Policy-making by local councils guides the activity of 2million employees and the gross expenditure of around £140bn per annum across England, Scotland and Wales.   It helps to ensure compliance with c1,300 statutory duties.  And the typical upper-tier council spends c£2m per annum to produce and maintain its policy ‘framework’.   Those are big numbers, which ever way you look at it, and so ‘policy’ in local government must surely be something that is understood, rationalised and controlled. Right?

Wrong!

In fact, we don’t even have a clear definition…

What the heck is policy?

‘Policy’ is one of the most frequently used words in government, both national and local, and yet public policy-making is possibly one of the least well understood and articulated processes.

If asked, most reasonably-aware citizens would identify with Political Party manifestos as basic statements of policy direction in a democracy. At this level, ‘policy’ is a reasonably well understood concept – a term used to describe the Government’s attitude, proposals and plans to deal with issues in any given aspect of public life.  But is it also a concept without a clear definition, and one which is used to describe a very wide range of activity.

In the central government context, the generation of policy ideas – the ‘attitude’ of Government – is initiated by Ministers in the political arena where manifesto pledges, special advisers and think-tanks are prominent.  The civil service is primarily focussed on managing the process of policy development, providing the secretariat function for the policy process.

In the local government context, a similar process occurs whereby the elected members, through the executive (generally a leader and cabinet or a directly elected mayor), make decisions on policy options within the national policy framework prescribed by central government, and the allocation of resources to deliver these options.  The elected members appoint a Head of Paid Service’ (usually a Chief Executive) who is responsible for a structure of council employees, whose delegated tasks include the process of policy development.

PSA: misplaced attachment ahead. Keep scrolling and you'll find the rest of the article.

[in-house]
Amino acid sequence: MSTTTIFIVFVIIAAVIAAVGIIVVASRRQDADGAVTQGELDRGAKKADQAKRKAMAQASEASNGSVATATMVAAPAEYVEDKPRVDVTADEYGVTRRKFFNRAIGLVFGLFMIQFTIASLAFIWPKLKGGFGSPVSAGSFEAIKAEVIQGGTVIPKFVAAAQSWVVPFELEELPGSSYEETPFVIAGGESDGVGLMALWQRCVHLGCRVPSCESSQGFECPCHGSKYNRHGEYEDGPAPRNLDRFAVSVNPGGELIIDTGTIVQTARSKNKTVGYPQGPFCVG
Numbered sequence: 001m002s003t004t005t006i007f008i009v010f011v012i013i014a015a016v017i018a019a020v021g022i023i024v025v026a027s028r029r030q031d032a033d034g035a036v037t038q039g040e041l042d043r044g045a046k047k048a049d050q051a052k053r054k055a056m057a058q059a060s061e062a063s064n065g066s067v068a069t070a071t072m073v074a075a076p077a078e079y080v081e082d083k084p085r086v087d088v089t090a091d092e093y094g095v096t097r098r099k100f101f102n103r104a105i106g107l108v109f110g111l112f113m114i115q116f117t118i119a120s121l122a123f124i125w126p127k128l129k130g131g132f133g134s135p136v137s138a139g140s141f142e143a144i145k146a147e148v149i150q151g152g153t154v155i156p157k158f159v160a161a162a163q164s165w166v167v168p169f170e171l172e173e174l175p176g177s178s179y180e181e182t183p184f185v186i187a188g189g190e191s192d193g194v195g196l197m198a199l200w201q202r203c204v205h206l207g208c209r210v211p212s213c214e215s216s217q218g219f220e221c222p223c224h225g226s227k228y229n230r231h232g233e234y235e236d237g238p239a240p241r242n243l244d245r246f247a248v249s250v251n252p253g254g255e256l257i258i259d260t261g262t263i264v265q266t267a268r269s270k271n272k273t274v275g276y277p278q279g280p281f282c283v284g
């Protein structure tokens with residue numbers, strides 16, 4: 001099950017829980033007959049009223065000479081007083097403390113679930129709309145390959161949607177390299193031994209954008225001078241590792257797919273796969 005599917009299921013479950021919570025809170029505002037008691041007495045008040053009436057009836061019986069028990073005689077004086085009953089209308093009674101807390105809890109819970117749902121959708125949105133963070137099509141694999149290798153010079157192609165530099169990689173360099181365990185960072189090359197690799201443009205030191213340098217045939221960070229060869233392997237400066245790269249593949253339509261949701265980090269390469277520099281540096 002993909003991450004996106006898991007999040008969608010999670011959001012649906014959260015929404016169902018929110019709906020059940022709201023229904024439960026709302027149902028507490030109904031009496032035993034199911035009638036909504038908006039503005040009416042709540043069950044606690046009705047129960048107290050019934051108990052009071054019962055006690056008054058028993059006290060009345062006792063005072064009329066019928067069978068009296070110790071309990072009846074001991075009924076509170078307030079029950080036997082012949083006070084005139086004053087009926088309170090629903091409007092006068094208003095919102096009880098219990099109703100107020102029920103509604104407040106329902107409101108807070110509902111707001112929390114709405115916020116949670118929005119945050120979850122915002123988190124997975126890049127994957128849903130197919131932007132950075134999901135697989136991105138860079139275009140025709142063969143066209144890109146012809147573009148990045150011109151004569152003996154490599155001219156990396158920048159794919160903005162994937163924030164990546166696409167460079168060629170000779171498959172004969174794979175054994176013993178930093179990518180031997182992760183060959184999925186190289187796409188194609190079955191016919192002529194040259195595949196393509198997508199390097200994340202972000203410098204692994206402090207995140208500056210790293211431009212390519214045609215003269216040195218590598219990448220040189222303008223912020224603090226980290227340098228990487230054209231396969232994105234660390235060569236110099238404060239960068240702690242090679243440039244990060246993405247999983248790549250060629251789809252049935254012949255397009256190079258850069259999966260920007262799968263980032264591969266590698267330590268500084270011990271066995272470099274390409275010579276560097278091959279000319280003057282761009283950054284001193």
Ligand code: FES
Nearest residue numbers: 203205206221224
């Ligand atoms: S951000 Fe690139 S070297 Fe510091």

Nope – still not got there – what is policy?

Here at Objective, when we’re working with our Government clients we think of ‘policy’ as any document or related documents that are delivered as part of the council’s activity around policy development, consultation, publication and delivery. This includes:

Policies – A Policy provides guidance, a framework, or set of principles that determine decisions, actions, and other matters.  It may or may not have a prescribed timeframe.

Strategies – A Strategy is defined as a long-term approach to implementing a set of principles, based upon a shared vision, establishing the current situation and the desired future outcome. A strategy is not static and should evolve in response to or anticipation of changing needs and circumstances, generally strategies have a 3-5 year timeframe.

Plans – A Plan follows on from a strategy and is a detailed document that sets out the intended methods of progressing from the current situation to achievement of one or more desired outcomes. The sequence of steps should ideally be specific, measurable, attainable, relevant and time-bound.

Procedures – A Procedure is a particular way of accomplishing an objective through a set of behaviours, and is usually developed to describe the methods for implementing a policy.

4 steps to Rationalise and Improve policy-making in your organisation

 We have used our extensive experience of working with policy professionals in over 200 UK local authorities to develop an approach to ‘policy lifecycle management’ that will enable you to make real, lasting changes to your local policy-making context.  Essentially it involves four key steps:

 1. A review of your existing corporate policy framework;

2. Working with you to establish and communicate the vision and compelling case for change;

3. making some decisions on the future governance of policy-making to achieve that vision;

4. Putting in place the appropriate systems to enable the required behavioural change to occur.

To find out more about how to achieve better policy-making, for less, across your organisation please take a look at my PLM Whitepaper and get in touch!